What is Heat Rash or Skin Rash?
Heat rash or skin rash is a skin irritation caused by excessive sweating during the hot, humid season. People of all ages get it, but is most common in young children.
Heat rash looks like small pimples, a red cluster of pimples, or tiny bumps surrounded by a zone of red skin. It is visible on the neck and upper chest, in the groin, under the breasts, and in elbow creases.
Heat or skin rash is also called prickly heat or miliaria, and is a common condition in which the affected skin area itch intensely and often feel prickly, or sting, due to overheating.
Causes of Skin or Heat Rash
Heat rash usually occurs on covered or clothed parts of the body, like the back, abdomen, neck, upper chest, groin or armpits. Women also develop breast rash.
It occurs most often in hot, humid conditions, but it is possible to get infected at cool temperatures if you are overdressed.
Also goes for active people, newborns in incubators, and bedridden patients with fever.
Heat rash begins with excessive sweating, specially in a hot, humid environment. The perspiration harms the cells on the skin, thus forming a barrier and trapping the sweat beneath the skin. It then builds up, thereby causing the bumps.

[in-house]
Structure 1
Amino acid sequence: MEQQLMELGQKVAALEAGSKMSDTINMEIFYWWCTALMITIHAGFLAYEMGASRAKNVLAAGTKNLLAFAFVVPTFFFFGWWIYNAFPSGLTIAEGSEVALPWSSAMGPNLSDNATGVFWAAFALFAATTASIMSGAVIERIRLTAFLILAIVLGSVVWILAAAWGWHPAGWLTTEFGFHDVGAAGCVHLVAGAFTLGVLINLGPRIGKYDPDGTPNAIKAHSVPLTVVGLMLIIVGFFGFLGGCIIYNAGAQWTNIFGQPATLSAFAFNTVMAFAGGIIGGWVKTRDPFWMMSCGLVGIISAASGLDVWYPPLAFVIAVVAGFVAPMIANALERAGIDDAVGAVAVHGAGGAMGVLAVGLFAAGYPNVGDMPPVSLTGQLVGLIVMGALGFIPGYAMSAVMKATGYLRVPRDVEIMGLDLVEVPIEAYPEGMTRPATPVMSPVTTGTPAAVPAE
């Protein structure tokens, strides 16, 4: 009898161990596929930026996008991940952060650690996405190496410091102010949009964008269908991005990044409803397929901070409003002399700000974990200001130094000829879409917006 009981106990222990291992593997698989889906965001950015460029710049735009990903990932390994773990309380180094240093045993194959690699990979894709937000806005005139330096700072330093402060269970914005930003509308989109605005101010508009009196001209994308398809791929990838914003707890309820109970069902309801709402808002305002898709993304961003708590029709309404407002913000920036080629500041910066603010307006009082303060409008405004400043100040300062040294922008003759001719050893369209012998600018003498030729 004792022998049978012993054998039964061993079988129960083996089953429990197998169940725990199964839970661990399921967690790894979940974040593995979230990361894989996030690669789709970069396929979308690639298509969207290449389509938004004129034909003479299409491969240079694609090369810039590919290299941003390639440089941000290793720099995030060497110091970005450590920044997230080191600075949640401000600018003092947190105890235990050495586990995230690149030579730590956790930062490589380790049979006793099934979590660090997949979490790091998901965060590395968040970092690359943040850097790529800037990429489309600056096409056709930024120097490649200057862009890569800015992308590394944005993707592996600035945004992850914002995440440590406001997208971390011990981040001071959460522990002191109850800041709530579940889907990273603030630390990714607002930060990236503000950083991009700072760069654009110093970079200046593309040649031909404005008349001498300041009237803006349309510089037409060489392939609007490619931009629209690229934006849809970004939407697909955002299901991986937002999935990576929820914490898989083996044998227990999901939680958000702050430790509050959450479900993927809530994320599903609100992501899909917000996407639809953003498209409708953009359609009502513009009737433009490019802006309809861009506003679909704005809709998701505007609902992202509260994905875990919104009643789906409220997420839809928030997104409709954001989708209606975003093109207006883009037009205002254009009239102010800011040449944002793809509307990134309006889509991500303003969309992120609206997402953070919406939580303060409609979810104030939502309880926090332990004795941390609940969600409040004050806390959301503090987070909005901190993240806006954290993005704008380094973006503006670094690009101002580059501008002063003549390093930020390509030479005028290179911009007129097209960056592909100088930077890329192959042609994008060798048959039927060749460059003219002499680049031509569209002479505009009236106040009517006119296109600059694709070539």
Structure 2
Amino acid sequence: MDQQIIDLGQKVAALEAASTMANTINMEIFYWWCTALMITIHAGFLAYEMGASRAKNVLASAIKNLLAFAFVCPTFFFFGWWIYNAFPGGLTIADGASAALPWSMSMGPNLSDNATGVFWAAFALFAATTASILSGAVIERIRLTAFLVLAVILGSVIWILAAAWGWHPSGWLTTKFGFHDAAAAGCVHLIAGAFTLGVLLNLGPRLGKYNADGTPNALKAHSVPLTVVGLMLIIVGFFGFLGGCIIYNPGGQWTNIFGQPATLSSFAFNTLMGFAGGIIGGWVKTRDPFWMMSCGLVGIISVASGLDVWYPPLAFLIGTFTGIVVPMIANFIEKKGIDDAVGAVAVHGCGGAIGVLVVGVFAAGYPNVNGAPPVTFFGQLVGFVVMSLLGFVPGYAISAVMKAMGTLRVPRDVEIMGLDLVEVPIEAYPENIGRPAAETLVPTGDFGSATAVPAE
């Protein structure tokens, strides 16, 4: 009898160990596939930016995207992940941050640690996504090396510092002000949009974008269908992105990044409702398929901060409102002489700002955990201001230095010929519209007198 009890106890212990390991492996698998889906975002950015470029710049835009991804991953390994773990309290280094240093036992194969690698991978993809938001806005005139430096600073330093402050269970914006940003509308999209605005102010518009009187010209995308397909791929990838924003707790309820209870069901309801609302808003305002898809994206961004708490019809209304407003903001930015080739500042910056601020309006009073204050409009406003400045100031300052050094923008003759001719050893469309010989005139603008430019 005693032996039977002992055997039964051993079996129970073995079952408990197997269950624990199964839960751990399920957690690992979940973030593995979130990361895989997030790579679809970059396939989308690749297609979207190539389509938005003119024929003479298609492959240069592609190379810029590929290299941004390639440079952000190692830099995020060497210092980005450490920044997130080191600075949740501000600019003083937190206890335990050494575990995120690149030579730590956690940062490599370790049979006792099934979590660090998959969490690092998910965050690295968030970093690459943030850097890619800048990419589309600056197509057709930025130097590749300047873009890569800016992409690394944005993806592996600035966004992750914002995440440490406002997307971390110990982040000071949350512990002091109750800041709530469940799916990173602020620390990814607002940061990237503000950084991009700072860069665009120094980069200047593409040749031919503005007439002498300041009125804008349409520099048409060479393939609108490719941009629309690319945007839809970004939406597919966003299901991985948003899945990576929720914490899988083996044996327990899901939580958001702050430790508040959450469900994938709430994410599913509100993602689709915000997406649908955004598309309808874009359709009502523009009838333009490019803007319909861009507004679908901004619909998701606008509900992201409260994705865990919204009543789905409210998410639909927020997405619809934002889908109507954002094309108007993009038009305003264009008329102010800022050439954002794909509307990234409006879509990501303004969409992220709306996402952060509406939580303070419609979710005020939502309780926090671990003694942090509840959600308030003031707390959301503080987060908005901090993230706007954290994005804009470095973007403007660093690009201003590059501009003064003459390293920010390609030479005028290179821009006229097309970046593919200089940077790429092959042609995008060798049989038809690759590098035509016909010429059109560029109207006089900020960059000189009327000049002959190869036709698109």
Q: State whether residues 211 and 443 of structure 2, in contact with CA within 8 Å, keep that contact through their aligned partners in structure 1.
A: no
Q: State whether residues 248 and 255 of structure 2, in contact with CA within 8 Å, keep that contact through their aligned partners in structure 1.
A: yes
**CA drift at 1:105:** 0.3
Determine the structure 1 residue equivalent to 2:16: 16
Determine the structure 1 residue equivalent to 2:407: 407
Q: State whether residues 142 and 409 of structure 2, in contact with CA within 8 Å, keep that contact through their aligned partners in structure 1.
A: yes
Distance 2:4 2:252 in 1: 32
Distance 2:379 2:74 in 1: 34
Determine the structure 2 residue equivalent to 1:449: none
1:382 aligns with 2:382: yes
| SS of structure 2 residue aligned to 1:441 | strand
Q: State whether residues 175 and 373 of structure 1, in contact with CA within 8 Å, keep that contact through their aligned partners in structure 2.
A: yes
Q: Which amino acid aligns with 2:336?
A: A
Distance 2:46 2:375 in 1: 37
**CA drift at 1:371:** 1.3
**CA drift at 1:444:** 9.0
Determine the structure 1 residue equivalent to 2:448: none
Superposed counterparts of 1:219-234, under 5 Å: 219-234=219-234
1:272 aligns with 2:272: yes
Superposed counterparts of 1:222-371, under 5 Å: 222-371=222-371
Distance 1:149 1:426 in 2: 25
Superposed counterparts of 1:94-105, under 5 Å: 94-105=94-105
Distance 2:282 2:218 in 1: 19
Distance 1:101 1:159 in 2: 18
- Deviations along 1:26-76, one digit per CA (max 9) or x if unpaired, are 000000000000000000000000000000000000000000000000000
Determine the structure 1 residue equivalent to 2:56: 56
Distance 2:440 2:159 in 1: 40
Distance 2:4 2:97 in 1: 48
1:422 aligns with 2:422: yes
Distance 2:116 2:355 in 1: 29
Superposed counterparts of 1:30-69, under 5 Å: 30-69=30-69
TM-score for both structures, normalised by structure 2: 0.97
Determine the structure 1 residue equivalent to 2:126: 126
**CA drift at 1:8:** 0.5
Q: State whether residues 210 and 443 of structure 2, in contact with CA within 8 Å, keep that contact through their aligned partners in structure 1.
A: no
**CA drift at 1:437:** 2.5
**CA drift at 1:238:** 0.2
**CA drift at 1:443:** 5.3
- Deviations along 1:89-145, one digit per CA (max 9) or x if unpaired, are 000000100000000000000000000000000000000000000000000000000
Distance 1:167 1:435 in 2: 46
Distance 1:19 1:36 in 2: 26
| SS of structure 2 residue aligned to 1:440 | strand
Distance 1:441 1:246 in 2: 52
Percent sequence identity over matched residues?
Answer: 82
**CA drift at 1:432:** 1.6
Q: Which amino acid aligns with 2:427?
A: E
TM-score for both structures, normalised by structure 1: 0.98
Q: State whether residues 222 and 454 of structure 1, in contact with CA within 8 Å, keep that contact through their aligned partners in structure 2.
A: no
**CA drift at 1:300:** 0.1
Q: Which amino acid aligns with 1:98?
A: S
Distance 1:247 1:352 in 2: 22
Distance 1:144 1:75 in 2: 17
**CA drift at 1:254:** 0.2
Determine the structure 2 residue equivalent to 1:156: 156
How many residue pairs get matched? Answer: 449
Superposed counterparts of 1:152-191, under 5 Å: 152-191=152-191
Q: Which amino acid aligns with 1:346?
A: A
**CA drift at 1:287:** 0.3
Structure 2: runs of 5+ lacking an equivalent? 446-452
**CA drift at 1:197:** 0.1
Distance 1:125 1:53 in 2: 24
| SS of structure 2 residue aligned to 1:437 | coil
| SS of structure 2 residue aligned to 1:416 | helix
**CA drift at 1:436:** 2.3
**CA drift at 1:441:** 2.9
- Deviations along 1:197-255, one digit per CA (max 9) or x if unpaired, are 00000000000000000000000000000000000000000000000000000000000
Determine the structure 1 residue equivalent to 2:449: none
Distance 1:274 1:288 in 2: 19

When these bumps burst and the trapped sweat is released, you may feel the prickly, stinging, or sensation characteristic of a heat rash.
In its worst forms, heat rash can interfere with the body's heat-regulating mechanism and cause fever, heat exhaustion, and even death.
How To Treat Heat Rash
In most cases, heat rash goes away on its own in a few days if the affected area is kept cool and dry. The best way to treat rash, whether heat rash or skin rash, is a cooler, humid environment and keeping the area dry. Use dusting powder to help.
If you're going to treat a rash at home, cool your body in an air-conditioned room or with a fan, or take a cool shower or bath and let your skin air dry. If you can't cool down right away and you still sweat, don't apply antiperspirant, lotion, insect repellent, or powder to your skin, because these may trap more sweat and make things worse.
Once the skin is cool and dry again, treat heat rash with an application of an over-the-counter 1% hydrocortisone cream or calamine lotion to relieve itching. No oil-based products please, which again, might block your sweat glands.
To treat heat rash is non-alarming and normally does not need medical assistance. But, call your doctor if it doesn't go away after a few days, or a serious infection develops in the affected area.
Seek and you shall find. Search the web for more info. But please come back ;-).
Despite being an Arizonan, so far we have not had any of the above heat sicknesses or done any to even treat heat rash!
Stay cool, Kabayan...
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